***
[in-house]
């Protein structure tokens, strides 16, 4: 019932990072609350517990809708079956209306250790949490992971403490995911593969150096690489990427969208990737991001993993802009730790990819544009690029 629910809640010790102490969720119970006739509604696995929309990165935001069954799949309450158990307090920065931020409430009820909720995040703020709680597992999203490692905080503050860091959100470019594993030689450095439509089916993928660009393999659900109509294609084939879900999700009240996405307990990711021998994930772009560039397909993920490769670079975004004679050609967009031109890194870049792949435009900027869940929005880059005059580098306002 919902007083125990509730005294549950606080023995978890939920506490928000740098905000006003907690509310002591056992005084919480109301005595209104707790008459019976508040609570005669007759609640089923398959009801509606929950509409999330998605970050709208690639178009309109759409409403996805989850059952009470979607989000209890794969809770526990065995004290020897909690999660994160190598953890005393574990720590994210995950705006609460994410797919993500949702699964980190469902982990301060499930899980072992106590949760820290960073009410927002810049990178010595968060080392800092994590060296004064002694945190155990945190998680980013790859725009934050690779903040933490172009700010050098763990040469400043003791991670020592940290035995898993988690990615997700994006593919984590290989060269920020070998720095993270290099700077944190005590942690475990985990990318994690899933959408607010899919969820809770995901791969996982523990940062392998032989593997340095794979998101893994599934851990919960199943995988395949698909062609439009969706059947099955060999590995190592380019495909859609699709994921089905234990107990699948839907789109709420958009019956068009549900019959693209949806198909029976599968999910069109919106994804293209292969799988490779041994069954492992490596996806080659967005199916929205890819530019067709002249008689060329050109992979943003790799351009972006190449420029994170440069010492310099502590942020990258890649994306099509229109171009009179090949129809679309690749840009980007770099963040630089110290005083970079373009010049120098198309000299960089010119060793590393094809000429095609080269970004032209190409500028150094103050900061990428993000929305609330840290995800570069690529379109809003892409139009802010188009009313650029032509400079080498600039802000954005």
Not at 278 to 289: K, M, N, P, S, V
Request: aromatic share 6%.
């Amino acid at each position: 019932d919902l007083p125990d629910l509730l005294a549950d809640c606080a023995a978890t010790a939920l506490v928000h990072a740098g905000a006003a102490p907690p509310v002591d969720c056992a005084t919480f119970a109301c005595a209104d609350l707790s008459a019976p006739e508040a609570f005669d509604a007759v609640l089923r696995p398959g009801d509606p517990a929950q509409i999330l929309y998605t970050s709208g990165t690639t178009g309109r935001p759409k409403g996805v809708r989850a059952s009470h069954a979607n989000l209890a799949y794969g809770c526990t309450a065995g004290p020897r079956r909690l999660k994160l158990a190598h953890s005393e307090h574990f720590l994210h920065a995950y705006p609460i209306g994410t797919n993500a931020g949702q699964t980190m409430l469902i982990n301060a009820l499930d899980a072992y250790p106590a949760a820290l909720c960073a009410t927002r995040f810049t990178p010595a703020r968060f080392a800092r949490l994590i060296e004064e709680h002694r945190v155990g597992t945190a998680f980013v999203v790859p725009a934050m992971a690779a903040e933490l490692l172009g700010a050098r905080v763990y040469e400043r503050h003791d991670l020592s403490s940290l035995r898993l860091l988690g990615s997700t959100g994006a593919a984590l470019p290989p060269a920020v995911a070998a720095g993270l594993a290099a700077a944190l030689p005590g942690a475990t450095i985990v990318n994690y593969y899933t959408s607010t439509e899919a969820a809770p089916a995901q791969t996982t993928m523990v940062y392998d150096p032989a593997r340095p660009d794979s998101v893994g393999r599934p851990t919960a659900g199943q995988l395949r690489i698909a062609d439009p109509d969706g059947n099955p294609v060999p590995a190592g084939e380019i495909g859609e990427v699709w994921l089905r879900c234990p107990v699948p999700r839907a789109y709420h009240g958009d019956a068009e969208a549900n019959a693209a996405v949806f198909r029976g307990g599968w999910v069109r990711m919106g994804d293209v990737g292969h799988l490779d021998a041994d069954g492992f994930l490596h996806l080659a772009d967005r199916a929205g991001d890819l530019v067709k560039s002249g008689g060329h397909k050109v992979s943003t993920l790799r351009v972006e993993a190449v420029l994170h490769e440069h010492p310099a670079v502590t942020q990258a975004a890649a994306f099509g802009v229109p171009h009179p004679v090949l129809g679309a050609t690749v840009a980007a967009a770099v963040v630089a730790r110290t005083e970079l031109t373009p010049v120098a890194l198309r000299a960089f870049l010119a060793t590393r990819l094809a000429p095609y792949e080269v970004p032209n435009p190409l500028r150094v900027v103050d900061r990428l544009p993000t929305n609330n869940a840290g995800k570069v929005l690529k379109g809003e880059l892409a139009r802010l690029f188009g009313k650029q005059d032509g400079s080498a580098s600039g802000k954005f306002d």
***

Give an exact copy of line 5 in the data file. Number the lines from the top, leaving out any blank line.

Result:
């Amino acid at each position: 019932d919902l007083p125990d629910l509730l005294a549950d809640c606080a023995a978890t010790a939920l506490v928000h990072a740098g905000a006003a102490p907690p509310v002591d969720c056992a005084t919480f119970a109301c005595a209104d609350l707790s008459a019976p006739e508040a609570f005669d509604a007759v609640l089923r696995p398959g009801d509606p517990a929950q509409i999330l929309y998605t970050s709208g990165t690639t178009g309109r935001p759409k409403g996805v809708r989850a059952s009470h069954a979607n989000l209890a799949y794969g809770c526990t309450a065995g004290p020897r079956r909690l999660k994160l158990a190598h953890s005393e307090h574990f720590l994210h920065a995950y705006p609460i209306g994410t797919n993500a931020g949702q699964t980190m409430l469902i982990n301060a009820l499930d899980a072992y250790p106590a949760a820290l909720c960073a009410t927002r995040f810049t990178p010595a703020r968060f080392a800092r949490l994590i060296e004064e709680h002694r945190v155990g597992t945190a998680f980013v999203v790859p725009a934050m992971a690779a903040e933490l490692l172009g700010a050098r905080v763990y040469e400043r503050h003791d991670l020592s403490s940290l035995r898993l860091l988690g990615s997700t959100g994006a593919a984590l470019p290989p060269a920020v995911a070998a720095g993270l594993a290099a700077a944190l030689p005590g942690a475990t450095i985990v990318n994690y593969y899933t959408s607010t439509e899919a969820a809770p089916a995901q791969t996982t993928m523990v940062y392998d150096p032989a593997r340095p660009d794979s998101v893994g393999r599934p851990t919960a659900g199943q995988l395949r690489i698909a062609d439009p109509d969706g059947n099955p294609v060999p590995a190592g084939e380019i495909g859609e990427v699709w994921l089905r879900c234990p107990v699948p999700r839907a789109y709420h009240g958009d019956a068009e969208a549900n019959a693209a996405v949806f198909r029976g307990g599968w999910v069109r990711m919106g994804d293209v990737g292969h799988l490779d021998a041994d069954g492992f994930l490596h996806l080659a772009d967005r199916a929205g991001d890819l530019v067709k560039s002249g008689g060329h397909k050109v992979s943003t993920l790799r351009v972006e993993a190449v420029l994170h490769e440069h010492p310099a670079v502590t942020q990258a975004a890649a994306f099509g802009v229109p171009h009179p004679v090949l129809g679309a050609t690749v840009a980007a967009a770099v963040v630089a730790r110290t005083e970079l031109t373009p010049v120098a890194l198309r000299a960089f870049l010119a060793t590393r990819l094809a000429p095609y792949e080269v970004p032209n435009p190409l500028r150094v900027v103050d900061r990428l544009p993000t929305n609330n869940a840290g995800k570069v929005l690529k379109g809003e880059l892409a139009r802010l690029f188009g009313k650029q005059d032509g400079s080498a580098s600039g802000k954005f306002d």